The other thing I realized, too—I talk to young moms now, where I’ll take this cup of dirt. It’s a clear cup and I say: “In those early years of preschoolers, you feel like you see no growth. The plant isn’t coming up; nothing is happening that brings you satisfaction. Yet, the most important part of that plant are the roots that are going deep. Those years we are building; we are doing things. Just for us to be in the home, and to love them, and kiss them goodnight, and to pray for them—that is where we are building that root system. It matters.”
Bob: Are you glad you made that investment?
Ann: I’m really glad because now I look back and I think, “Those were hard years, but those years probably changed me more than my kids.”
Ann: I think that’s the truth of motherhood. Those years change us; and we rely on God—of saying, “God, I can’t do this apart from You.”
Bob: I just don’t want moms listening to lose a sense of the absolute significance of shaping the lives of young people—pointing them to Jesus, working on that root structure, molding the direction of their life. I mean, we’re talking about human beings.
Here’s the thing, when you’re in the workplace, you’ve got people going: “Oh! You’re really good at this,” “Way to go; high-five!” “You get a bonus!” At home, you’ve got kids going [whiney voice], “Mom!”; right? [Laughter] You’re not going to get the reward system at home that you get in the marketplace. I sometimes think the idea that: “I’m not significant, is because there’s nobody cheering me on.”
I want to cheer on the moms—who are at home, and your kids are griping and whining—and just go, “Look, you’re doing something that is so incredibly significant for the lives of your kids, for the next generation, for the legacy you’re going to leave. Just persevere at this and—and Mom up!”—okay? [Laughter]
That’s the book title from the book that Kara has written, Mom Up: Thriving with Grace in the Chaos of Motherhood. We’ve got copies of the book in our FamilyLife Today Resource Center; and you can order it from us, online, at FamilyLifeToday.com. Or you can call 1-800-FL-TODAY to get your copy. Again, the website is FamilyLifeToday.com. The number to call to get a copy of Mom Up is 1-800-358-6329—1-800-“F” as in family, “L” as in life, and then the word, “TODAY.”
Let me just mention here—both moms and dads could benefit from some interaction with other moms and dads and a little bit of coaching at the same time. FamilyLife® has created the eight-part video series—it’s a small group series called the Art of Parenting™. I’m excited to see a lot of churches that are doing classes or using this in small groups. Find out more about how you can go through the Art of Parenting with other moms and dads when you go to FamilyLifeToday.com. The kit includes a copy of our movie, Like Arrows, which is a great way to kick off your parenting study together. Watch the movie and then get together to go through the classes. Again, find out more at FamilyLifeToday.com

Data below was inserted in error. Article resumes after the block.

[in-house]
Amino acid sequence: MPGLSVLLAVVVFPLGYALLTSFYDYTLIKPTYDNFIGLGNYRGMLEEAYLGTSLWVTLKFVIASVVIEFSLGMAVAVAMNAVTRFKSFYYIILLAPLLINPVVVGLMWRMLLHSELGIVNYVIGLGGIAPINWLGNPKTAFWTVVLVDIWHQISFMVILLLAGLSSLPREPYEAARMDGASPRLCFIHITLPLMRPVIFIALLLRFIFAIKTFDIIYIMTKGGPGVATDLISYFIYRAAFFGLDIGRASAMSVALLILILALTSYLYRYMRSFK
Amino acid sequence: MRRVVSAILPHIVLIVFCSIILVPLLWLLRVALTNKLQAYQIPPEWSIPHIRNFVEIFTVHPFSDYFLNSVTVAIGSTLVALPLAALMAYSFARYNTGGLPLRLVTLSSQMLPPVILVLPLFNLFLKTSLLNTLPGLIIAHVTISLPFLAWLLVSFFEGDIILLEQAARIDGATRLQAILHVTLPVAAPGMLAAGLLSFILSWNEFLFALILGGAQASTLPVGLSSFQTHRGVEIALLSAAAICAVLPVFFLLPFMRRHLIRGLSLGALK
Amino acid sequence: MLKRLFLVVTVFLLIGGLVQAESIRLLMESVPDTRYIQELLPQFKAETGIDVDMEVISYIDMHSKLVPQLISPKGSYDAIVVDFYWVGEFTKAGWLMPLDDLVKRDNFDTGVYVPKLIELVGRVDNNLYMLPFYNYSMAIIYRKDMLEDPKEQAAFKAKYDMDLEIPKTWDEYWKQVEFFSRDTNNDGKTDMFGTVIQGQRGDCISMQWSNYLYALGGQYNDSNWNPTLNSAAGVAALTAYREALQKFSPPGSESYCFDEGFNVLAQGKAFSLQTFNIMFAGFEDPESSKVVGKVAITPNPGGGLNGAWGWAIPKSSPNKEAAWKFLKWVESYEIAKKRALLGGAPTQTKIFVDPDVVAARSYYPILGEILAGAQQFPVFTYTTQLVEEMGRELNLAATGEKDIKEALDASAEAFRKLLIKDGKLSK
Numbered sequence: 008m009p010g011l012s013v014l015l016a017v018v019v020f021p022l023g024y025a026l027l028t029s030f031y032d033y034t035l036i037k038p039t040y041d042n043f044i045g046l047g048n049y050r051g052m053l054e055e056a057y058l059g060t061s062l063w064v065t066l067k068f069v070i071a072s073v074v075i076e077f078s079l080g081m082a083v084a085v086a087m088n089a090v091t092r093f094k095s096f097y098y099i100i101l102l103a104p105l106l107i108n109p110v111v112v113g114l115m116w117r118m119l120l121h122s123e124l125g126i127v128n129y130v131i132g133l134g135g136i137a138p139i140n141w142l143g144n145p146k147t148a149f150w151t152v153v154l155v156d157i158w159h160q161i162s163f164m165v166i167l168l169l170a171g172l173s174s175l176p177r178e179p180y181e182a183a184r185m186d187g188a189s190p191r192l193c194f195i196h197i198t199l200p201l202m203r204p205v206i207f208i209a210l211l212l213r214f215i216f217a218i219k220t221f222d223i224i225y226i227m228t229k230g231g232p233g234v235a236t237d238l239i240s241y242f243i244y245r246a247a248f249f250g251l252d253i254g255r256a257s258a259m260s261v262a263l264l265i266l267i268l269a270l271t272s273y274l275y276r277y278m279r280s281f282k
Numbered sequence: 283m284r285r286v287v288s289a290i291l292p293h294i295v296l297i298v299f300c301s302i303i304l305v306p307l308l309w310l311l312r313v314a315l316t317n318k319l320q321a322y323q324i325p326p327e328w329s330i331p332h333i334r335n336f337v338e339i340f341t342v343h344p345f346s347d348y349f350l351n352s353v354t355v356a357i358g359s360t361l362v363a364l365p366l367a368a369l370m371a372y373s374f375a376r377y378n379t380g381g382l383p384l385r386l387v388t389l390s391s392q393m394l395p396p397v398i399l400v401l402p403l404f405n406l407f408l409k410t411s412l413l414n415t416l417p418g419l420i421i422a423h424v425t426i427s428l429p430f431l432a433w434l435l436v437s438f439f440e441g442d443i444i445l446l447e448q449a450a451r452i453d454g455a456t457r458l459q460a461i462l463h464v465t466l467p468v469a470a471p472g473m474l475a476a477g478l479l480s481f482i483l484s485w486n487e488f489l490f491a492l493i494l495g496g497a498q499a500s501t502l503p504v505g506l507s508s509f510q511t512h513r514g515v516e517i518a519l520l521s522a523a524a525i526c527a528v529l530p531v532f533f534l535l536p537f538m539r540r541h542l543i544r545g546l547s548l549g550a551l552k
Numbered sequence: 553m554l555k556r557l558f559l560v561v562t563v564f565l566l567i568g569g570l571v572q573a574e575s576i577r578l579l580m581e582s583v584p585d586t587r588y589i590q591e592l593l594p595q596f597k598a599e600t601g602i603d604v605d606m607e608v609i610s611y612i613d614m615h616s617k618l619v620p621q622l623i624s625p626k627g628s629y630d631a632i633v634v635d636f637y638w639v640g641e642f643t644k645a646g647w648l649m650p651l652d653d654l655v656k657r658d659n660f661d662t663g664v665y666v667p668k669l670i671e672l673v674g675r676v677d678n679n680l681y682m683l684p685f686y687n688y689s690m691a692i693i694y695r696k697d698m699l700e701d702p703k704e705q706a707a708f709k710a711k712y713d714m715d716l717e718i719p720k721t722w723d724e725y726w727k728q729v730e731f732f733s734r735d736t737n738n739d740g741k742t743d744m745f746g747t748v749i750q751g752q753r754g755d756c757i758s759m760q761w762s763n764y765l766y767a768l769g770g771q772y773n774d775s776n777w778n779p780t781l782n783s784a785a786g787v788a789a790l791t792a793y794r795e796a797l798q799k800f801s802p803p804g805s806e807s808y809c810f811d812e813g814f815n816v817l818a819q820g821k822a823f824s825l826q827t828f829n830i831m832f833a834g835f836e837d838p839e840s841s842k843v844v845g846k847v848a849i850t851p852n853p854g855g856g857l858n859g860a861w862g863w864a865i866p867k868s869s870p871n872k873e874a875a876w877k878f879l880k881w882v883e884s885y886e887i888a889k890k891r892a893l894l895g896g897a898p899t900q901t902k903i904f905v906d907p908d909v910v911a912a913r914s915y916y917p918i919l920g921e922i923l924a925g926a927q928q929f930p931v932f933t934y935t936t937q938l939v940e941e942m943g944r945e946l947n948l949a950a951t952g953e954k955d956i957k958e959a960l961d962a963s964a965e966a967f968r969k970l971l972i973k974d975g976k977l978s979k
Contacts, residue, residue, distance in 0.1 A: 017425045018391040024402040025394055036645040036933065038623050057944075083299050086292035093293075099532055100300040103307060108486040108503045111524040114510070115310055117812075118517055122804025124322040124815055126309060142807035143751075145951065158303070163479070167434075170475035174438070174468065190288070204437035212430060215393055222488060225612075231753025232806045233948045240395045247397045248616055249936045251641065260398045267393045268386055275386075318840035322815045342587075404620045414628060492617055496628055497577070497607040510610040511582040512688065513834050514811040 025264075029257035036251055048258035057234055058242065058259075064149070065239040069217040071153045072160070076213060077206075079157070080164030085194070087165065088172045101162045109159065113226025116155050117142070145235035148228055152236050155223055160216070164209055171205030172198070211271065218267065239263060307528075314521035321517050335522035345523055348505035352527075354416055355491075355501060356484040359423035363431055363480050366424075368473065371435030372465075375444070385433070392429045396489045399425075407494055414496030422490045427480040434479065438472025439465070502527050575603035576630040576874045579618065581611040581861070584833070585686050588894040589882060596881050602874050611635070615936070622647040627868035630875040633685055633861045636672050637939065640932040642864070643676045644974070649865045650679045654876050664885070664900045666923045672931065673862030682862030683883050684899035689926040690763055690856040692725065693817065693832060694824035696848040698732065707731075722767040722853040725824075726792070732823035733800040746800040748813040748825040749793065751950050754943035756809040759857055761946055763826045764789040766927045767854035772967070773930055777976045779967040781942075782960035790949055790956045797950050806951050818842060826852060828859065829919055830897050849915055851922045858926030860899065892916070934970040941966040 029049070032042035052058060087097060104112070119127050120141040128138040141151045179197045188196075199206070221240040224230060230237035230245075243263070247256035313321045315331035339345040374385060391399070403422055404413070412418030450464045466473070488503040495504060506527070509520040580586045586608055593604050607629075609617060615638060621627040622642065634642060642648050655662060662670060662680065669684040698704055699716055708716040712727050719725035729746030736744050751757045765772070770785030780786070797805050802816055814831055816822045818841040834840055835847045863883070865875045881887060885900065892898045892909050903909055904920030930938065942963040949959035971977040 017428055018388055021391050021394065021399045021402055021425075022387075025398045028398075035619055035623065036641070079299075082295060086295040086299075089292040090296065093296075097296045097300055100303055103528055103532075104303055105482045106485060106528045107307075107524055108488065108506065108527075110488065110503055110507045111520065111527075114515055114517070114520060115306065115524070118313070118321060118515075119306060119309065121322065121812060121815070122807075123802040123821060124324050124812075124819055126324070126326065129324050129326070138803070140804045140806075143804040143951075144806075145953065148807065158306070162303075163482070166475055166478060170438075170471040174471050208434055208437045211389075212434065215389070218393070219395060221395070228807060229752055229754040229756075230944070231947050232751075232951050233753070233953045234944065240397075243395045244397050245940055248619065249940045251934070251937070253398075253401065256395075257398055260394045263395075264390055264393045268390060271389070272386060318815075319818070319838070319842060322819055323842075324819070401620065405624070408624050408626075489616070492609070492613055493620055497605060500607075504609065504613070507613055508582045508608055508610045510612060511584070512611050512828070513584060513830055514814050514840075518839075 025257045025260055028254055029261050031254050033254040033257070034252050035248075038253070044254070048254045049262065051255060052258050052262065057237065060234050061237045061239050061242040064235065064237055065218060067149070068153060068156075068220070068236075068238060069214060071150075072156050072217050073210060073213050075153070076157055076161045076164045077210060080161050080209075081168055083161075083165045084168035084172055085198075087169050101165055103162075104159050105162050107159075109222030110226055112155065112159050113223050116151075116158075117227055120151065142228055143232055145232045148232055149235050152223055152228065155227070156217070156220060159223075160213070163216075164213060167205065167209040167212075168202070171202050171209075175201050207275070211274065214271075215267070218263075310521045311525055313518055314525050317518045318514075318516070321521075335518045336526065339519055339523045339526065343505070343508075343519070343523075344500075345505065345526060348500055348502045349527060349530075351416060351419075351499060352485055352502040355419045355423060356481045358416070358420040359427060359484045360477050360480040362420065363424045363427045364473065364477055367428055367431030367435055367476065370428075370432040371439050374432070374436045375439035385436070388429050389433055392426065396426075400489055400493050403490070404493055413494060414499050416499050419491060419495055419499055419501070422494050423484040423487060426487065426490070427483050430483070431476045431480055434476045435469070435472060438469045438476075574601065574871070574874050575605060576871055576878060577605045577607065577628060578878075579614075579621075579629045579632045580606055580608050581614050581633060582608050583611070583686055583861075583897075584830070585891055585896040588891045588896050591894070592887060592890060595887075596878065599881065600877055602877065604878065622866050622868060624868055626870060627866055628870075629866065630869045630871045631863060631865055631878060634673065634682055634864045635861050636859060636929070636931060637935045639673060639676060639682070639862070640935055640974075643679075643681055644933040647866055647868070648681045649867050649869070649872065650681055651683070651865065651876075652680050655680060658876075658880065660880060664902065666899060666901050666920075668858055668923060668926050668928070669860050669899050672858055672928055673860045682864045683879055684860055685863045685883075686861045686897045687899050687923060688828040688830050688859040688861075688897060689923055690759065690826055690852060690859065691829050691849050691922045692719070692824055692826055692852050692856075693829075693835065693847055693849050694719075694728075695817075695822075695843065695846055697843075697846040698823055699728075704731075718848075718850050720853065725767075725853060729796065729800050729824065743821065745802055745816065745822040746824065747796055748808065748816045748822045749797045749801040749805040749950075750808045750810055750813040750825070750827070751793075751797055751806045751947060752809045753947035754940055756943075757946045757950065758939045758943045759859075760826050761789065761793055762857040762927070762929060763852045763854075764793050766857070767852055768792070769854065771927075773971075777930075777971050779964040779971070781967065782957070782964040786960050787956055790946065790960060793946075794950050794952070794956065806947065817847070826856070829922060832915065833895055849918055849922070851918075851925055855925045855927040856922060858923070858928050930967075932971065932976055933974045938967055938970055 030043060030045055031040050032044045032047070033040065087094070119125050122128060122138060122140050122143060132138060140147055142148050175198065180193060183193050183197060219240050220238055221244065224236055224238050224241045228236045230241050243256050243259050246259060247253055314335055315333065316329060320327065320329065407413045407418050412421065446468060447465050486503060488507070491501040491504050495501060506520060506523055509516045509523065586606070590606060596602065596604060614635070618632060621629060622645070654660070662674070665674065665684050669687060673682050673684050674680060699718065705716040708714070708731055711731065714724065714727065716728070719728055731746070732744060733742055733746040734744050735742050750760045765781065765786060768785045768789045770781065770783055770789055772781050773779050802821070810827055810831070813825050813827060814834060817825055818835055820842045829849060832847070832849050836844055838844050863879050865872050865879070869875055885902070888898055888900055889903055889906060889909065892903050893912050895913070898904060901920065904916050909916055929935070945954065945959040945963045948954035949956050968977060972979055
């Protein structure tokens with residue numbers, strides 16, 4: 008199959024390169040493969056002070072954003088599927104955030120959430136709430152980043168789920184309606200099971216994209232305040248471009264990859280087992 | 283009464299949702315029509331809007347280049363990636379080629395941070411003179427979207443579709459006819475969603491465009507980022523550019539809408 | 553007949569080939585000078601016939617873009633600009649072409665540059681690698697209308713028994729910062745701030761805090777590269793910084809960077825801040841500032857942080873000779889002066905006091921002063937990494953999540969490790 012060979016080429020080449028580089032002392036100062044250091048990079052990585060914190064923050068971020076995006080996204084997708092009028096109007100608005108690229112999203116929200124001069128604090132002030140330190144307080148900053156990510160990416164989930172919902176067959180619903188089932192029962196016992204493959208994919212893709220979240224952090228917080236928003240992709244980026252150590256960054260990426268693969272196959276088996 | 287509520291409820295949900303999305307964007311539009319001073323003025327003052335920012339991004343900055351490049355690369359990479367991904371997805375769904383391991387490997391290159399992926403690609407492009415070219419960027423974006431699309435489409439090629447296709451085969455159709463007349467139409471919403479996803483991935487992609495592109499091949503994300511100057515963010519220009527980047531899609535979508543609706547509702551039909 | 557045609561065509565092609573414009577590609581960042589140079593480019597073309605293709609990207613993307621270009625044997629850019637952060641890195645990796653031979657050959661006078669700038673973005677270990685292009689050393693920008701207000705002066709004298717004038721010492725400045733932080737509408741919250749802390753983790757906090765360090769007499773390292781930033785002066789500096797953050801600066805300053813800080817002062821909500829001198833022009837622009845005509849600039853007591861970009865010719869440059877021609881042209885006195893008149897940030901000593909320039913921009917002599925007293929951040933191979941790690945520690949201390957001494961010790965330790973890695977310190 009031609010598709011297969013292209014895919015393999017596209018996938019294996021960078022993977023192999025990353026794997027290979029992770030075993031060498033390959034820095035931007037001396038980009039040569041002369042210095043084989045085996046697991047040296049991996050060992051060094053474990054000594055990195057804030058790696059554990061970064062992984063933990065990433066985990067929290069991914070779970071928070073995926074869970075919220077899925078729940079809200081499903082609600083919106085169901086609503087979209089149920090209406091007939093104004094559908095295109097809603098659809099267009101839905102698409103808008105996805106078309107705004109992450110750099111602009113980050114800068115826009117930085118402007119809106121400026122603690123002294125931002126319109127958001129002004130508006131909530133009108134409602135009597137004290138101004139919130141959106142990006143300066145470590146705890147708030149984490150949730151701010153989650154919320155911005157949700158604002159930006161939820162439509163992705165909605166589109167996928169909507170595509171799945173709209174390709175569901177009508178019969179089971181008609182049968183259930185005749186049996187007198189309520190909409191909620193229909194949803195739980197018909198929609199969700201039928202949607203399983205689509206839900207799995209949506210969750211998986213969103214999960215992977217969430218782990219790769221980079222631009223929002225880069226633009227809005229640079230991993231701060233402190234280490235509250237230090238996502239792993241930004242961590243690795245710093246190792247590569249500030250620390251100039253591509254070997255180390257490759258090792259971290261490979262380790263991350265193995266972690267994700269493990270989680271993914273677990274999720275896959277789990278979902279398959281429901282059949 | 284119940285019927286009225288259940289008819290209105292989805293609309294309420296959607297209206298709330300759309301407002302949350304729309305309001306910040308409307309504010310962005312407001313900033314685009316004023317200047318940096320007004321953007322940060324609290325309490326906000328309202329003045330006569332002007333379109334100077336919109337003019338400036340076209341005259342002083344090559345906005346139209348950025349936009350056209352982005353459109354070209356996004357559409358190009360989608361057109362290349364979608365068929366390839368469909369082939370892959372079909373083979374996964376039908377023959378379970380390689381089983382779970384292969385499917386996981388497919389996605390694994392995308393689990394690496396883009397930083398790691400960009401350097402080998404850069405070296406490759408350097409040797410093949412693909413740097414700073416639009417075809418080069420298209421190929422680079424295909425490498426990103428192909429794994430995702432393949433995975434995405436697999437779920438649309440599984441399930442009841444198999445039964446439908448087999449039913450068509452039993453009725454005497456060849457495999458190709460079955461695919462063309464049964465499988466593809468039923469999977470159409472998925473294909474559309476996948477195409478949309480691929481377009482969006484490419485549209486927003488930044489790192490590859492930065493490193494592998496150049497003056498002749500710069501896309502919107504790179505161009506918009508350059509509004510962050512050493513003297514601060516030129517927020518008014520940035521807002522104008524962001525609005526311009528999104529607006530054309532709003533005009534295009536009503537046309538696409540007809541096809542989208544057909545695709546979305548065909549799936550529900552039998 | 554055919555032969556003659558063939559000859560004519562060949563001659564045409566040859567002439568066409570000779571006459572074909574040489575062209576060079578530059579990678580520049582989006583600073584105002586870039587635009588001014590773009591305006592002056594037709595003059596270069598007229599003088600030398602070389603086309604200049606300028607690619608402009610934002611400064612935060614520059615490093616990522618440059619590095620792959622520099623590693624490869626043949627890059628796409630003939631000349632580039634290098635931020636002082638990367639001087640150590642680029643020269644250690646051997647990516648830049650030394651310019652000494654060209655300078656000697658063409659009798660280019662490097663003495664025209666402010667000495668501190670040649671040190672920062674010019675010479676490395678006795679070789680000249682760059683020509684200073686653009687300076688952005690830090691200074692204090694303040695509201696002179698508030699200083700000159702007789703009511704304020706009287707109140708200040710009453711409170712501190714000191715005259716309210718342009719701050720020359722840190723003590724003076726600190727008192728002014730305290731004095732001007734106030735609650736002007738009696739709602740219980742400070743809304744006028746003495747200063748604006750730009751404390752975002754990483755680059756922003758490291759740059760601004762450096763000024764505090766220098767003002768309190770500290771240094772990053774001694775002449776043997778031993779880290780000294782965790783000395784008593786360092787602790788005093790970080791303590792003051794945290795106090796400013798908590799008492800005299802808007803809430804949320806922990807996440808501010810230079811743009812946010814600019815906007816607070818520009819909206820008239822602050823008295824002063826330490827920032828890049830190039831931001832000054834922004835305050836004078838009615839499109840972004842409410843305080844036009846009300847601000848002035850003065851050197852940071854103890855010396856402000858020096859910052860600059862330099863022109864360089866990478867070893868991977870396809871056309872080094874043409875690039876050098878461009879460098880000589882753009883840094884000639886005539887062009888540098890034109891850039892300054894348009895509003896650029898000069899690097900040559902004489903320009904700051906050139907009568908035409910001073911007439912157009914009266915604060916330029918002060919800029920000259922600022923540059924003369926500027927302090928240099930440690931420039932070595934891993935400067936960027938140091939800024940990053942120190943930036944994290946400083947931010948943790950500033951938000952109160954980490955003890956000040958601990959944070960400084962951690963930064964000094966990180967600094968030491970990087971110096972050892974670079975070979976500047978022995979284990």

Hey, while you’re on our website, we’ve got something free for you to download, that will help you, as a mom or a dad, engage your kids and help cultivate a heart of gratitude/a heart of thankfulness in your children. We have created what we call, “The Family Gratitude Plan.” There are activities and articles available in the plan—just some creative things you can do, as a family, to help everybody be more thankful during this time of year. Download the free “Family Gratitude Plan” when you go to our website, FamilyLifeToday.com.
These resources that we are providing are part of our mission to effectively develop godly marriages and families. We believe godly marriages and families can change the world. We hope this kind of practical biblical help for your marriage and your family is something that you find beneficial. Again, our website is FamilyLifeToday.com.
Now, tomorrow, we’ll continue our conversation with Kara-Kae James, talking about the chaos of motherhood and where you find grace in the middle of all of that. Hope you can tune in for that.
I want to thank our engineer today, Keith Lynch, along with our entire broadcast production team. On behalf of our hosts, Dave and Ann Wilson, I’m Bob Lepine. We will see you back next time for another edition of FamilyLife Today.